Here is an article about pro-abortionist Reverend Mary Erickson of the St. John’s Episcopal Church in Jackson, Wyoming. Mary Erickson is one of the more prominent Baal Worshipers in Jackson.
Faced with a perceived threat, Reverend Mary Erickson was compelled to act. As a mother of two kids, she felt immediate maternal instincts to protect impressionable children from the graphic imagery used by anti-abortionists which included militant members of Operation Save America. Her day job as an assistant priest at St. John’s Episcopal Church had given her the experience she needed to rally others, to organize the fears and aspirations of a group and direct them for good. Her vocation taught her hate is always fought best with love.
Jackson Hole United was formed in the face of the second coming of right-to-life protesters, including Pastor Mark Holick and his church along with OSA volunteers. Intimidated by a recent State Supreme Court ruling in the pro-lifers’ favor, Town of Jackson officials allowed their special events permit with some restrictions. It was obvious someone needed to step in and step up. It was Erickson, and others, who answered the call and provided Jacksonites with a quiet leadership that brought cohesiveness to a fractured community.
When OSA brought its repugnant revival to the town square during Elk Fest, its shock-and-awe campaign was met with civility, compassion, and love. Red-shirted proponents of fire and brimstone were calmed by the soothing ‘blue’ band of tight-knit locals who refused to let their town be hijacked. It was inconceivable that any one person or group could unite such a disparate clutch of citizens, yet here were 2,297 believers dedicated to a movement bigger than Facebook, each ready to pledge an allegiance to their kids and their community.
And the good reverend tended her flock with grace.
“I don’t think I anticipated it having as big an impact as it did. I think it was one of those perfect storm kind of things. The situation met the need,” Erickson says. “I like the fact that we allowed it to be what it needed to be, we agreed that it had to happen and grow organically.”
Still, Erickson acknowledged any inclusive group was going to have its own internal strife. There would be divisiveness. There had to be. JHU is made up of pro-lifers, pro-choicers, political lefts and rights, religious followers and the secular-minded. Each JHU member brought his or her own beliefs and baggage, and that was OK as long as members remembered the golden rule. When their emotions ran raw, when fear and hatred provoked rash rhetoric, they needed to be coaxed back on the path.
“We did have a lot of that on the Facebook side of things. [JH Weekly] was a target of that,” Erickson says. “My sense is to step in when things get ugly and remind people what we are about. It’s OK to disagree but not to get ugly. We may come from different places and backgrounds, but we should all be coming from a place of compassion and understanding. We respect our right for free speech and JH United is an open site intentionally. But we have a mission and goal. We don’t want to shut people up, we just want them to express themselves in a respectful way.”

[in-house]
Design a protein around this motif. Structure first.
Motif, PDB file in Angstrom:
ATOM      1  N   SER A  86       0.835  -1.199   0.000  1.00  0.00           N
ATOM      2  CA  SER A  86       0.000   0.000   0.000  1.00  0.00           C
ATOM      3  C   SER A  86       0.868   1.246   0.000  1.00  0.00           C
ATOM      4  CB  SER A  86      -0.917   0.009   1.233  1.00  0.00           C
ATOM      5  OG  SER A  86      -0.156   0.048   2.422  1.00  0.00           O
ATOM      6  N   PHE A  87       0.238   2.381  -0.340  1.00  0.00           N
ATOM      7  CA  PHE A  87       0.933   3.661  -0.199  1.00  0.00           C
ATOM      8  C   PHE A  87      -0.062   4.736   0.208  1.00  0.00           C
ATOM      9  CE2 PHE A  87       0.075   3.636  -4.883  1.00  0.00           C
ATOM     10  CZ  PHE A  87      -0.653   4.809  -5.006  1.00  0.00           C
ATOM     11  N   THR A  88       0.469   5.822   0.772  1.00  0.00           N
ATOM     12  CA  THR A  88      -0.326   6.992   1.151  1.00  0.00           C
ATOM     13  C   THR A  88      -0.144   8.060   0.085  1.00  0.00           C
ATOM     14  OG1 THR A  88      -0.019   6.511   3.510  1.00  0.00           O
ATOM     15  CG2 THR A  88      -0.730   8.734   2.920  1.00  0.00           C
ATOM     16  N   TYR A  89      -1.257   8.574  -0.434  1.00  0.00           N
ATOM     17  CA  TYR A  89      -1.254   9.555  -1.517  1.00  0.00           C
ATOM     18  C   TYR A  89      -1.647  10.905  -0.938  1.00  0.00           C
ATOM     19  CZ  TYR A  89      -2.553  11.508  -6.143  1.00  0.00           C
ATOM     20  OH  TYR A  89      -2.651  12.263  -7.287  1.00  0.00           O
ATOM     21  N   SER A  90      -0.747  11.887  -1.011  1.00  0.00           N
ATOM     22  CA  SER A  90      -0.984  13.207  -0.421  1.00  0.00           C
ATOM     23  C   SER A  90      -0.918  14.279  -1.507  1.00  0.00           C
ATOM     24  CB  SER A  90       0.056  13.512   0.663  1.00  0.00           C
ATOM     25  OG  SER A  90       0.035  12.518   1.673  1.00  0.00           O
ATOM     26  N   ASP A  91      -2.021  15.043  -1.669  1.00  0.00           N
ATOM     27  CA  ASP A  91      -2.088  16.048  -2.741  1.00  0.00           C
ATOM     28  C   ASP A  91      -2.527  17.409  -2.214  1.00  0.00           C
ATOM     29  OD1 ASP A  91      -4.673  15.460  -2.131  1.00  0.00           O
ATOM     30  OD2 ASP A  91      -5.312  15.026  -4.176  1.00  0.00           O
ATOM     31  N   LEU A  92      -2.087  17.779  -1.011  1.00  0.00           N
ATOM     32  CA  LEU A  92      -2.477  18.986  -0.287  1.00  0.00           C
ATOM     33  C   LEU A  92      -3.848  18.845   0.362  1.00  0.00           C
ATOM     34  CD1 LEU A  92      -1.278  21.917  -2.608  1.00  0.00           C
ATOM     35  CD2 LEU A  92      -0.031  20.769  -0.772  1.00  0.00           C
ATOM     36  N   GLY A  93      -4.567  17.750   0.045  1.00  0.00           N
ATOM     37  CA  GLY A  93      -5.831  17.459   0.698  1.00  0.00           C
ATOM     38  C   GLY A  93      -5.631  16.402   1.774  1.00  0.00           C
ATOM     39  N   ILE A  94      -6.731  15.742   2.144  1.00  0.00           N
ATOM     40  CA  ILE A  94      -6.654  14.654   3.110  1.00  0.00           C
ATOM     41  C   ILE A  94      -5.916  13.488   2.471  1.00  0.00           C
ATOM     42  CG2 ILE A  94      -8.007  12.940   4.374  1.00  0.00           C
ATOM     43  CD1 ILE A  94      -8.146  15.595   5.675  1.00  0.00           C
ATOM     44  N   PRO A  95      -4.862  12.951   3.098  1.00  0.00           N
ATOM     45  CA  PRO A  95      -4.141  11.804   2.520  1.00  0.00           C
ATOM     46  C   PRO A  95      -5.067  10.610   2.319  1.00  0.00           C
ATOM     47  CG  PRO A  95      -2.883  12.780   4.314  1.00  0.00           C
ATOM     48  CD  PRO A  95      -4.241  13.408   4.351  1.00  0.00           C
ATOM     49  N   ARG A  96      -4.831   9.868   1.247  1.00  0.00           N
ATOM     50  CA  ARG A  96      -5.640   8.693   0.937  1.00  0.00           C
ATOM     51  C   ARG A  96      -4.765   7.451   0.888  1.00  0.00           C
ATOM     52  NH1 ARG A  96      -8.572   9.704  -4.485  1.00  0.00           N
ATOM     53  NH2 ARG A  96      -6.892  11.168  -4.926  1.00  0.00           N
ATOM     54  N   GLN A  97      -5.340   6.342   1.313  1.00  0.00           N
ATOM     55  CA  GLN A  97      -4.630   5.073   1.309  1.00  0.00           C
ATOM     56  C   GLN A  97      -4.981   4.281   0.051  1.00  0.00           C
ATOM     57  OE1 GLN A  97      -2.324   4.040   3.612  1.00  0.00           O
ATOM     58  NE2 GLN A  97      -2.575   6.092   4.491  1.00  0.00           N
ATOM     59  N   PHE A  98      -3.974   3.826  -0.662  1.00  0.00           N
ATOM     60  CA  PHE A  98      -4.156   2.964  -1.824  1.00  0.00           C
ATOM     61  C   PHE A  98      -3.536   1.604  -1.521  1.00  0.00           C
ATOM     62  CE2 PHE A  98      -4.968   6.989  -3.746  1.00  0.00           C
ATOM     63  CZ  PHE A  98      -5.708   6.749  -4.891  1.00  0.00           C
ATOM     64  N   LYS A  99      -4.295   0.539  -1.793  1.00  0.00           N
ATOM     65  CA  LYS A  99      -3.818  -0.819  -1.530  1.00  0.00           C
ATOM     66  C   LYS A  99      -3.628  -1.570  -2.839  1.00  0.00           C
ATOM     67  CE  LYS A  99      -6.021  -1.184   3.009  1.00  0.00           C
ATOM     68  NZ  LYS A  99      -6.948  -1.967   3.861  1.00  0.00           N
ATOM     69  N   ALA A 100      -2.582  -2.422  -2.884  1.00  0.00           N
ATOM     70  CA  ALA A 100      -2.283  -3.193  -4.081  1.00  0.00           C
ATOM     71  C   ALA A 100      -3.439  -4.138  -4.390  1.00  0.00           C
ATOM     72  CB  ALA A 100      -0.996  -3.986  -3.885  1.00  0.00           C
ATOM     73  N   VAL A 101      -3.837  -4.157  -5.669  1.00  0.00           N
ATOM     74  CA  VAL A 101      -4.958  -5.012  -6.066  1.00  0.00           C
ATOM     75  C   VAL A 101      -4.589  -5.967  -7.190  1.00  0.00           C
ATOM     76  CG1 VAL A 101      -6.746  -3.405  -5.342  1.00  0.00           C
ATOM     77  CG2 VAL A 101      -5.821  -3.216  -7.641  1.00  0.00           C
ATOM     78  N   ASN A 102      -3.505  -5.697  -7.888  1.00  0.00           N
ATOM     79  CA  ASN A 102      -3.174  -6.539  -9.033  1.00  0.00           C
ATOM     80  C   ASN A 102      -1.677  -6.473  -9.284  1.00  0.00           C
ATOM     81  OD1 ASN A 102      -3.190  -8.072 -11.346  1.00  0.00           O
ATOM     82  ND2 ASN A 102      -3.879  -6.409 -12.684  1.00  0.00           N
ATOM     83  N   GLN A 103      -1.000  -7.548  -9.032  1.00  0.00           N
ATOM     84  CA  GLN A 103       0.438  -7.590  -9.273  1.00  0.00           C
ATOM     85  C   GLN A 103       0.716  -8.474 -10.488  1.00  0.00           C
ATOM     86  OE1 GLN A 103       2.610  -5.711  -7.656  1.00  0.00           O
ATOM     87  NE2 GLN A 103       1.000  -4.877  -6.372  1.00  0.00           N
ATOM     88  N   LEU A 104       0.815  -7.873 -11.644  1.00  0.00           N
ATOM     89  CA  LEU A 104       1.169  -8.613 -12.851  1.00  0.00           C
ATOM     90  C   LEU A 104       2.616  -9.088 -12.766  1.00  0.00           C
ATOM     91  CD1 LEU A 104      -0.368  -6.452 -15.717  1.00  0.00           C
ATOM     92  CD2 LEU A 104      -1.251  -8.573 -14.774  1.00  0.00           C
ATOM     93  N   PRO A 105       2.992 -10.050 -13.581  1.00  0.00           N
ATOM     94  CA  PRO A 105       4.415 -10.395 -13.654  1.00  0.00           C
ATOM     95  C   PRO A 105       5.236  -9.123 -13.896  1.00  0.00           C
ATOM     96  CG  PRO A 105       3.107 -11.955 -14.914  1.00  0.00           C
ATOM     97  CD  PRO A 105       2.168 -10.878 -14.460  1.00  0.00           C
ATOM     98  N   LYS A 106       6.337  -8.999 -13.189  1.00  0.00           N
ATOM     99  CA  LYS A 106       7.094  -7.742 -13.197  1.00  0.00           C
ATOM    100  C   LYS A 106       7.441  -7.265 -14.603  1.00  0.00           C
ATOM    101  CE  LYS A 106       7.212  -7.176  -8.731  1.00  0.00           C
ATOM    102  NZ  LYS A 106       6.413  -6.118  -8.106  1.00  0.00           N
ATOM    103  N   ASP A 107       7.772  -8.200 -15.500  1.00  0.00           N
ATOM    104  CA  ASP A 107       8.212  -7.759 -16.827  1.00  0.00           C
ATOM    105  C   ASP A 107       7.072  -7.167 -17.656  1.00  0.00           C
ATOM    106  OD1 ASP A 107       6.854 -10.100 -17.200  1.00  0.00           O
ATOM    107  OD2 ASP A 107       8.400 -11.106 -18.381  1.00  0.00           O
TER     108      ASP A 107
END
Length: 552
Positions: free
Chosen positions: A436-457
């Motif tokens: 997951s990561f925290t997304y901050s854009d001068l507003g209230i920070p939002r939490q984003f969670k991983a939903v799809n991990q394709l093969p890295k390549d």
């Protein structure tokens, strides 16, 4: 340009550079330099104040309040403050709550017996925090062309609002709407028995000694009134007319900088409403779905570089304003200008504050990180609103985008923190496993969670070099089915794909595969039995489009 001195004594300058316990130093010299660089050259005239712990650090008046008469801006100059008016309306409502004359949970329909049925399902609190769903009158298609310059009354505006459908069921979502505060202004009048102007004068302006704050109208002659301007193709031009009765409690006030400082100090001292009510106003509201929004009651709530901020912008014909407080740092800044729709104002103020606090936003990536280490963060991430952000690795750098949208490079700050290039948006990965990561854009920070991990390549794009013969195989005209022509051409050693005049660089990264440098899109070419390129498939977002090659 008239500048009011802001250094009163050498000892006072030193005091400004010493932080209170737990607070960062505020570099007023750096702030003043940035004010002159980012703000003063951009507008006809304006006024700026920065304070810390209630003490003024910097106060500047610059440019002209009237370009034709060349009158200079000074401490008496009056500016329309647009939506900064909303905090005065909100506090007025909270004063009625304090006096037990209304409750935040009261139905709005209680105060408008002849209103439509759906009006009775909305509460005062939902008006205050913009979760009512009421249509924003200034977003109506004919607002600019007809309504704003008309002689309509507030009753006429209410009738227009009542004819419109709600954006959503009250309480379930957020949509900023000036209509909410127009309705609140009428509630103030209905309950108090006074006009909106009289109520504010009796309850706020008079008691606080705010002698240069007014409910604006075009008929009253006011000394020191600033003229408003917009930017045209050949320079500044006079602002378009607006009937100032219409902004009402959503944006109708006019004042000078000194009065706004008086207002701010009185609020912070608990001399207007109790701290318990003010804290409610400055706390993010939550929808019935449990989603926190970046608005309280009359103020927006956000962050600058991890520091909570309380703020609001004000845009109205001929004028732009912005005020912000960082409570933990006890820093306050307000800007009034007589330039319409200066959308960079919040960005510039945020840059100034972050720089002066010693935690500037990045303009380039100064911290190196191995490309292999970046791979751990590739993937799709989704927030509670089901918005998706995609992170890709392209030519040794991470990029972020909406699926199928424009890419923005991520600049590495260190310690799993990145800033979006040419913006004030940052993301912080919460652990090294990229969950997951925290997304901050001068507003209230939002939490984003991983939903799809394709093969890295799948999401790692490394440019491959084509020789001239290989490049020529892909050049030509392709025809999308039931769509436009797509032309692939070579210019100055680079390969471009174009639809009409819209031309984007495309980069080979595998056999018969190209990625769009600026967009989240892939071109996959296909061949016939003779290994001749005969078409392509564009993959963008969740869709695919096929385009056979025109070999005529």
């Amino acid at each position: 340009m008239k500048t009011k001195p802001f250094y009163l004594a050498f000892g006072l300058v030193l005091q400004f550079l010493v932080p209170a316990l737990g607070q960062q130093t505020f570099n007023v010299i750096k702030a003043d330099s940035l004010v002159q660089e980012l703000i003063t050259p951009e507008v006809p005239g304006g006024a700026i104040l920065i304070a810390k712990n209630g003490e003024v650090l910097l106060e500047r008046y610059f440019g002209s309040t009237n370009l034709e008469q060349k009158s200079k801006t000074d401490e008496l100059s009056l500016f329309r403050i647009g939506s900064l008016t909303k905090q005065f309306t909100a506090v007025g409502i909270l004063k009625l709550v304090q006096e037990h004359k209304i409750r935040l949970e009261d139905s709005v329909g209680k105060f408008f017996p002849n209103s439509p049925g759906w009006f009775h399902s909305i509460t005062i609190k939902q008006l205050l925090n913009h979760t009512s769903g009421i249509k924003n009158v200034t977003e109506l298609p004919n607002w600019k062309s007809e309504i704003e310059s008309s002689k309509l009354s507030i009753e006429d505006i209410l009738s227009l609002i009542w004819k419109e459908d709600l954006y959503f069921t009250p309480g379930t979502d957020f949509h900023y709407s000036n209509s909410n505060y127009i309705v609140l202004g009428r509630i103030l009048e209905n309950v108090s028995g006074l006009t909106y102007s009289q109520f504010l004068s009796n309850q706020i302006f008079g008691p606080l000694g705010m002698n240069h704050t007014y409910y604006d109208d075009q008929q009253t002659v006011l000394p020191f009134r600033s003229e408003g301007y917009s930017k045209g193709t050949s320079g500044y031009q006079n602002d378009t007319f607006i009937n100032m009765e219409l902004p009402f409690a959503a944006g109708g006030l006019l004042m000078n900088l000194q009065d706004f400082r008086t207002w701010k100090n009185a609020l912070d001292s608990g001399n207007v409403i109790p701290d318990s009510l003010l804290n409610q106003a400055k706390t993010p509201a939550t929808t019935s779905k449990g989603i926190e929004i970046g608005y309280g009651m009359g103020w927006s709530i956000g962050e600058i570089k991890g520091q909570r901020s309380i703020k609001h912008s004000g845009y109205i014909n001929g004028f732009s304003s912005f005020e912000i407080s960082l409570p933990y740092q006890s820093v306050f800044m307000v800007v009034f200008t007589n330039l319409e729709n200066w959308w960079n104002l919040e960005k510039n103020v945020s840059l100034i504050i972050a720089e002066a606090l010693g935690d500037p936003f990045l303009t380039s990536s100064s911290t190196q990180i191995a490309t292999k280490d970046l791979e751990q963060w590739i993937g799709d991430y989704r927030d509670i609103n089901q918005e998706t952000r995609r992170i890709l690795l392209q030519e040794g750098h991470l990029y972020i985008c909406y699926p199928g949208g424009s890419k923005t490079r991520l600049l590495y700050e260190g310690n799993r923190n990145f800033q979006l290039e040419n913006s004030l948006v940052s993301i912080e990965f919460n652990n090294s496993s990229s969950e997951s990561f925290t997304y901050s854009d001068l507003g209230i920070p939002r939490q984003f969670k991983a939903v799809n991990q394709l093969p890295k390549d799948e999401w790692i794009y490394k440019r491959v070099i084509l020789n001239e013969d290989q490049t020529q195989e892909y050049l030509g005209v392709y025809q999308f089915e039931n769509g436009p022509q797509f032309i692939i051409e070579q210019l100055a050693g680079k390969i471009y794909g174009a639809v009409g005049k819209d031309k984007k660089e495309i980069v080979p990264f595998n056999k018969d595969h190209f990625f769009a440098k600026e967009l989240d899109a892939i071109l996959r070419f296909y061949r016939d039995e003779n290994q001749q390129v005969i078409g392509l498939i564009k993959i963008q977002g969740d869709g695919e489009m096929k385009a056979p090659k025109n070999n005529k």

Erickson admitted she continues to be somewhat surprised by how quickly the group came together and how it has now grown bigger than the issue it was born of. During the wildfire that threatened Jackson, anger occasionally surfaced again, nearly unraveling the threads of community. Some JHU members took up refuge in their safe place. The recent school shooting at Sandy Hook was another example of how horrid the world can be and once again a pacificator was needed to pilot our disquiet into calmer waters. Erickson, a gifted writer, penned an eloquent piece on the JHU Facebook page.
“I’ve had a lot of people tell me that [JHU] has continued to be a reminder for them to try to get back to that place of understanding and compassion for one another,” Erickson says. “The fact that this group has continued to grow shows the need in this world today for all of us to find a way to move back to a civil place when we are hurt or our emotions run high. If we can do that as a community then maybe we can have an effect globally.
“I don’t think it is over, I just don’t know where it’s going. There’s too much need for it in today’s world.”
By Tim Shey
My eyes weep blood.
Pharisees smile like vipers,
They laugh and mock their venom:
Blind snakes leading
The deaf and dumb multitude.
Where are my friends?
The landscape is dry and desolate.
They have stretched my shredded body
On this humiliating tree.
The hands that healed
And the feet that brought good news
They have pierced
With their fierce hatred.
The man-made whip
That opened up my back
Preaches from a proper pulpit.
They sit in comfort:
That vacant-eyed congregation.
The respected, demon-possessed reverend
Forks his tongue
Scratching itchy ears
While Cain bludgeons
Abel into silence.
My flesh in tattered pieces
Clots red and cold and sticks
To the rough-hewn timber
That props up my limp, vertical carcase
Between heaven and earth.
My life drips and puddles
Below my feet,
As I gaze down dizzily
On merciless eyes and dagger teeth.
The chapter-and-versed wolves
Jeer and taunt me.
Their sheepwool clothing
Is stained black with the furious violence
Of their heart of stone.
They worship me in lip service,
But I confess,
I never knew them
(Though they are my creation).
My tongue tastes like ashes:
It sticks to the roof of my mouth.
I am so thirsty.
This famine is too much for me.
The bulls of Bashan have bled me white.
Papa, into your hands
I commend my Spirit.
Iowa State University
Genesis 49: 10: “The scepter shall not depart from Judah, nor a lawgiver from between his feet until Shiloh come; and unto him shall the gathering of the people be.”